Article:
In reviewing some recent cases from the past two years, it is apparent that the settlements can be particularly large, considering the costs of litigation as well as the increased manufacturing costs needed to change labels. In addition to paying the following settlement amounts, the companies are removing, or have removed, the “natural” or “all natural” wording from their products, but have not admitted liability in the process of the settlements:
Kellogg’s agreed to a $5 million settlement regarding the labeling of Kashi products as all natural.
Trader Joe’s agreed to a $3.4 million settlement over the labeling of a juice product.
PepsiCo agreed to a $9 million settlement over the labeling of its Naked Juice brand.
PopChips agreed to a $2.4 million settlement over labels stating that its chip products were all natural.
Choosing Words for Labeling
Other words on food and beverage labeling have, in recent years, triggered lawsuits similar to the natural-claims cases. Following are some other contentious words that manufacturers will want to take extra caution using, as well as the suggested style of usage for each.
“Low,” “high,” “free,” “reduced,” and “light” are all words used in a nutrient-content claim, which is the most frequently used claim on food products, and directly or implicitly characterizes the level of a nutrient in the food. The FDA has established specific standards and definitions for each nutrient-content claim that may be used, such as “low fat” or “high in fiber.” According to the FDA, these words must indicate if food meets a definition “without benefit of special processing, alteration, formulation or reformulation.”2
“Healthy” – even this seemingly nondescript word has a very specific meaning when it is used on food labels under FDA regulations. The term may be used only if a food is low in fat and contains limited amounts of cholesterol. Further, if it is a single-item food, it must provide at least 10 percent of the daily value per serving of at least one of the following: vitamin A or C, iron, calcium, protein, or fiber.3
“Fresh” means that the food is in a raw state and has not been frozen or subjected to any form of thermal processing or preservation, except one or more of the following: the addition of approved waxes or coatings; the post-harvest use of approved pesticides; or the application of a mild chlorine wash or mild acid wash on produce.4
“Gluten free” means that the food either is inherently gluten free or does not contain an ingredient that is 1) a gluten-containing grain; 2) derived from a gluten-containing grain that has not been processed to remove gluten; or 3) derived from a gluten-containing grain that has been processed to remove gluten, if the use of that ingredient results in the presence of 20 parts per million (ppm) or more gluten in the food.5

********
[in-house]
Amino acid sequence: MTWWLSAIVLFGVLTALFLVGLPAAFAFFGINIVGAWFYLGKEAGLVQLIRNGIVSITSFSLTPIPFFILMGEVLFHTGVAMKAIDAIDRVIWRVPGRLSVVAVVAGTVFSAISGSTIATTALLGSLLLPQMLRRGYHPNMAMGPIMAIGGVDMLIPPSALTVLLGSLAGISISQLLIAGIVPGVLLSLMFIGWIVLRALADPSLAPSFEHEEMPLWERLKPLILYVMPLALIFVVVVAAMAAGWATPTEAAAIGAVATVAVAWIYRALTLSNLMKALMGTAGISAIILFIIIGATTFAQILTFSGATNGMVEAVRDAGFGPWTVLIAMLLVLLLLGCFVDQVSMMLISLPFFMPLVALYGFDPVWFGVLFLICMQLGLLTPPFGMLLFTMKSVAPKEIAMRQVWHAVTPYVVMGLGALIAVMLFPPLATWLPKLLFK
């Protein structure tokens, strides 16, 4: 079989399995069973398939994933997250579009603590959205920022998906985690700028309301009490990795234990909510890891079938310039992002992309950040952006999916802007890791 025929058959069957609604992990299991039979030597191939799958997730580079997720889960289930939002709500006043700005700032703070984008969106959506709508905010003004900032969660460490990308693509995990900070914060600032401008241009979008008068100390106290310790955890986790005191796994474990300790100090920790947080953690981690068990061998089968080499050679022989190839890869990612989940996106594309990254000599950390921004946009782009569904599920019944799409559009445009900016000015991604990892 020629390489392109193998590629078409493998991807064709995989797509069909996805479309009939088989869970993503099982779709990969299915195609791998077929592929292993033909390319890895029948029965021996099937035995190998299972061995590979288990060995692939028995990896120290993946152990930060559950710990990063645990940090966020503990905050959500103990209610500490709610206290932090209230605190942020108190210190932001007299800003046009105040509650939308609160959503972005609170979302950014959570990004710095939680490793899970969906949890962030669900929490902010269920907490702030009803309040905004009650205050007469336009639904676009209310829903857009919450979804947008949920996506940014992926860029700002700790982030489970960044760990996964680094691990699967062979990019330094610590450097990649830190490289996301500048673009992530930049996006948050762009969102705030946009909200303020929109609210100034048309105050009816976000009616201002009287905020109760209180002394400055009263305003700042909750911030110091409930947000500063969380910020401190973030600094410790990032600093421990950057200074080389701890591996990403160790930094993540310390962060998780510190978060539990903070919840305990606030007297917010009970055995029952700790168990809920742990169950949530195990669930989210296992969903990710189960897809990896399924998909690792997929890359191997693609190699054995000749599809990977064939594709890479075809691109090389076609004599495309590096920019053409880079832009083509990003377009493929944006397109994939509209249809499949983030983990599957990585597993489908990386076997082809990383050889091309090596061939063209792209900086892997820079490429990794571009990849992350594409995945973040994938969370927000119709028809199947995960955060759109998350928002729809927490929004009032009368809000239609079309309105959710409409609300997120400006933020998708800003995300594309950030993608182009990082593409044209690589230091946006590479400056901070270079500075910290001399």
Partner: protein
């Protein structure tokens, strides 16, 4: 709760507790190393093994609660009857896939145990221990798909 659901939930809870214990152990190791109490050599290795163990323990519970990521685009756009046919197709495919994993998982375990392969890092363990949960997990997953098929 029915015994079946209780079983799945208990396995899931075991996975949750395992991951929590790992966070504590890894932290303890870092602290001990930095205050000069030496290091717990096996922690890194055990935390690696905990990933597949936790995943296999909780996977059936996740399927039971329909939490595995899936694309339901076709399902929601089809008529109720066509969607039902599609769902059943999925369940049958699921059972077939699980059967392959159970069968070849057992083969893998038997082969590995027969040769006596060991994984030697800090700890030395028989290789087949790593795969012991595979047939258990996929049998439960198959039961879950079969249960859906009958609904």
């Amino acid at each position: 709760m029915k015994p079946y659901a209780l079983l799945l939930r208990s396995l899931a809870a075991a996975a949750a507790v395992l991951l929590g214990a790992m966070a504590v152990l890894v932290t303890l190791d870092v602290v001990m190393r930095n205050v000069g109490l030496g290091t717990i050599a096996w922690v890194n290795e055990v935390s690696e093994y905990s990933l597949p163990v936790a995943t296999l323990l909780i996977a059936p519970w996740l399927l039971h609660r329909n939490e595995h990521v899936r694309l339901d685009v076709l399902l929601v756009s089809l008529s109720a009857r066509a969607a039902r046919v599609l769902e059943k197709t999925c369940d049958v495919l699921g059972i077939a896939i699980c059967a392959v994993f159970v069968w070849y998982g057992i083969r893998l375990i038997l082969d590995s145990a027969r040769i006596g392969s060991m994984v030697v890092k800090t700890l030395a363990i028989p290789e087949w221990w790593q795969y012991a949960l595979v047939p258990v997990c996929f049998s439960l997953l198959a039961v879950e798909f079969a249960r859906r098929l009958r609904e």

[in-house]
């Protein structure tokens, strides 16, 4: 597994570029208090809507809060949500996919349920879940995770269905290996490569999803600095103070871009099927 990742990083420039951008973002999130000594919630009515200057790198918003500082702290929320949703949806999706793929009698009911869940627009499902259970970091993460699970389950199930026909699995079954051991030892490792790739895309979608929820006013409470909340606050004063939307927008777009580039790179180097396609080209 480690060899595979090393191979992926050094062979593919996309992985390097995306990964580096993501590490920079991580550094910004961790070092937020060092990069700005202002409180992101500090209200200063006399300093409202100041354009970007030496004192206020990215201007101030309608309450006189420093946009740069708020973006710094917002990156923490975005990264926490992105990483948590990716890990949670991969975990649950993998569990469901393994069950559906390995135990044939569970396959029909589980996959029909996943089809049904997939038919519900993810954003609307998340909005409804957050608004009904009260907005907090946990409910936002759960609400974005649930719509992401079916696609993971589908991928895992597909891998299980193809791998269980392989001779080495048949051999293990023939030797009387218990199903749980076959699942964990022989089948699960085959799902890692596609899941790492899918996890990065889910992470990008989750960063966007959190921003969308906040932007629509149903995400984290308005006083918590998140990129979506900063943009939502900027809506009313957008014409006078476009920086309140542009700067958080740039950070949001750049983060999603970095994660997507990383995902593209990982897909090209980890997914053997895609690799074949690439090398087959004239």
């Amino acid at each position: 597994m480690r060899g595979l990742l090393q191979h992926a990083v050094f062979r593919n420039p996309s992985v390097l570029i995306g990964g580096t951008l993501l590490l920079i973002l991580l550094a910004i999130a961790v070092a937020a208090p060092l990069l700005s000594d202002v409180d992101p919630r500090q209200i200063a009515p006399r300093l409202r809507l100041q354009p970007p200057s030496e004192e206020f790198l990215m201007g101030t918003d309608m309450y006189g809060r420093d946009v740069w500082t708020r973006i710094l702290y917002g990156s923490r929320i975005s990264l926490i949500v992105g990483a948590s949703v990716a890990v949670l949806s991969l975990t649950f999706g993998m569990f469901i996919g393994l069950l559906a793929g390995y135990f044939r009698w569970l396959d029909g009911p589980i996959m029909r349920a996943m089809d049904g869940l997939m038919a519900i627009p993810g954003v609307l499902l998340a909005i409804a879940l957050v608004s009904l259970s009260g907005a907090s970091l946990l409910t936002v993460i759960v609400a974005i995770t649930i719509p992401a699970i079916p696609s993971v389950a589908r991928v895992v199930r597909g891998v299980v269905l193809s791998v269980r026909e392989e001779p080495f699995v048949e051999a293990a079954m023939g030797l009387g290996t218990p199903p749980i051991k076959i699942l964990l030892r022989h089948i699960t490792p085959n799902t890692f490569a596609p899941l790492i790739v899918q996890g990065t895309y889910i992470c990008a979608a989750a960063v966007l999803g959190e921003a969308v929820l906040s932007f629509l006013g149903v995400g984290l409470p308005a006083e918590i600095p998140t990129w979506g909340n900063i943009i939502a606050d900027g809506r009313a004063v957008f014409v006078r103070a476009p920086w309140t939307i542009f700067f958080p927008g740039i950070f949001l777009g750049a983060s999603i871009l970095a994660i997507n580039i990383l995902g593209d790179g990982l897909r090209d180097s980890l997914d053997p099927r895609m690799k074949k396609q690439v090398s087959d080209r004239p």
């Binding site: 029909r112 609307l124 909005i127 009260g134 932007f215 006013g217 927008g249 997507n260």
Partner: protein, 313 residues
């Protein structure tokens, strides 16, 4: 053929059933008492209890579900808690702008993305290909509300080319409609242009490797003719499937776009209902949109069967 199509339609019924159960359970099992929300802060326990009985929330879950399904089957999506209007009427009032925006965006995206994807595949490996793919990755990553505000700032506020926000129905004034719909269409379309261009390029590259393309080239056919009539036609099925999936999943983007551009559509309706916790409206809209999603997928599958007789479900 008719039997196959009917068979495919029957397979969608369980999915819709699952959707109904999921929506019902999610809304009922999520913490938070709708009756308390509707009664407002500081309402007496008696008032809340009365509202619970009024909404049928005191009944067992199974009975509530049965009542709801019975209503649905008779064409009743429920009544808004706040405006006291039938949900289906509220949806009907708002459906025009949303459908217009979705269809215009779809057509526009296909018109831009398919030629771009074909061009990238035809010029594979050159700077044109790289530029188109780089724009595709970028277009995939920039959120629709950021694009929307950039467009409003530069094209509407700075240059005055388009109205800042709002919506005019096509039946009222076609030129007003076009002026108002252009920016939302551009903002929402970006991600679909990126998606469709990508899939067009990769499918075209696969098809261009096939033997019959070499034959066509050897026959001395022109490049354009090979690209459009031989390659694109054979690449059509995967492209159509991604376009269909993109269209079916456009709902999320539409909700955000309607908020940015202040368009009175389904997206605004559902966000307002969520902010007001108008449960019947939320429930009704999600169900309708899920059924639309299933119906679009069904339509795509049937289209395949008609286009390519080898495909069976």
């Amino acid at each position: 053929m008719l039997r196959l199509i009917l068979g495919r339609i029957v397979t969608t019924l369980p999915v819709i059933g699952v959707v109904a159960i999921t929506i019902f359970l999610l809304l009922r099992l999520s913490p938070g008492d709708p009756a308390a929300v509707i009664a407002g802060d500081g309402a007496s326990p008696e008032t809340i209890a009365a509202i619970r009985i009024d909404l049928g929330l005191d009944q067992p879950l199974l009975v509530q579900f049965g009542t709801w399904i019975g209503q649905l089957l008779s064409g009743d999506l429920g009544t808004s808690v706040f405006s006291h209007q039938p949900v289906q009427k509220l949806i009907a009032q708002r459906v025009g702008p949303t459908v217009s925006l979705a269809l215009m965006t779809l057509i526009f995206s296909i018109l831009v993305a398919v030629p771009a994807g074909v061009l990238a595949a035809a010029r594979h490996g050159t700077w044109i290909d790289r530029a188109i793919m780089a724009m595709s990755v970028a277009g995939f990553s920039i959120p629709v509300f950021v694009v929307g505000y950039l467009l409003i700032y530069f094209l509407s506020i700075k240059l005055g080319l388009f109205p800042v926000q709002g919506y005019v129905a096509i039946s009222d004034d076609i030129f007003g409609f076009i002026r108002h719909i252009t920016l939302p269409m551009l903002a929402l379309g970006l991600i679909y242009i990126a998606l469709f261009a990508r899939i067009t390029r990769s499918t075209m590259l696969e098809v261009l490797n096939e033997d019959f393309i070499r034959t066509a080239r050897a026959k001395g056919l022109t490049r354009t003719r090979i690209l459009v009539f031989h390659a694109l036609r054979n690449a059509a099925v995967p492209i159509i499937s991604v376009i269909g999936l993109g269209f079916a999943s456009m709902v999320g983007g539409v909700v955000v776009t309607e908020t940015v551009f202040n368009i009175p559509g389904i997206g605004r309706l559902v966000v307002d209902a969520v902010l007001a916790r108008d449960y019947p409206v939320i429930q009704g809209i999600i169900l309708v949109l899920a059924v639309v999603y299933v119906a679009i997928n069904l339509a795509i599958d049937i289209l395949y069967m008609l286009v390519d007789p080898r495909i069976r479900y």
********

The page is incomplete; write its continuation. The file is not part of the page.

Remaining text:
Wisconsin Manufacturers, Craft Brewers Also Affected
The challenges that manufacturers face extend beyond the purview of food. Another growing industry, craft brewing, is contributing to the complexities confronting companies, including businesses right here in Wisconsin. [Editor’s Note: Please also see “Starting a Brewery in Wisconsin” in this issue.]
The craft beer industry appears here to stay. According to the Brewers Association, an American trade group consisting of more than 1,900 brewers, craft beer made up 11 percent of the overall national beer market in 2014 – the first time it has ever reached double digits. Yet as recent litigation demonstrates, brewers of every size should be concerned about labeling.
In lawsuits, plaintiffs allege claims of false advertisement, fraud, unfair trade practices, and breach of warranty stemming from food manufacturers’ use of the terms “natural” or “all natural” on the product labels.
A recent lawsuit against MillerCoors alleges that the company misrepresented its Blue Moon brand of beer as a craft beer or microbrew. Also, the suit alleges that MillerCoors misrepresented or omitted facts relating to MillerCoors and Blue Moon Brewing Co., such as misrepresenting who actually brews the Blue Moon sold in stores. As a result, according to the complaint, consumers purchased Blue Moon when they “would not have otherwise purchased it, or would have only bought it at a lower price.” The plaintiff notes in the lawsuit that he and others are willing to pay a premium for “high-quality, small-batch, craft beers.” Further, he alleges that consumers pay $2 to $3 more for a six pack of craft beer, rather than a “six pack of macro brewed, or mass-produced beer.”
The lawsuit states MillerCoors goes to “great lengths to disassociate Blue Moon beer from the MillerCoors name.” For example, MillerCoors does not appear on the Blue Moon bottle, nor is there a MillerCoors reference on the Blue Moon website. In addition to alleging that the company fraudulently claims that “Blue Moon is brewed by Blue Moon Brewing Company,” the lawsuit states that MillerCoors uses the trademark “artfully crafted” to “falsely portray Blue Moon as a craft beer.” MillerCoors’ use of “false and deceptive marketing,” the complaint alleges, misleads consumers and allows MillerCoors “to charge up to 50 percent more for Blue Moon beer than it charges for other MillerCoors products.”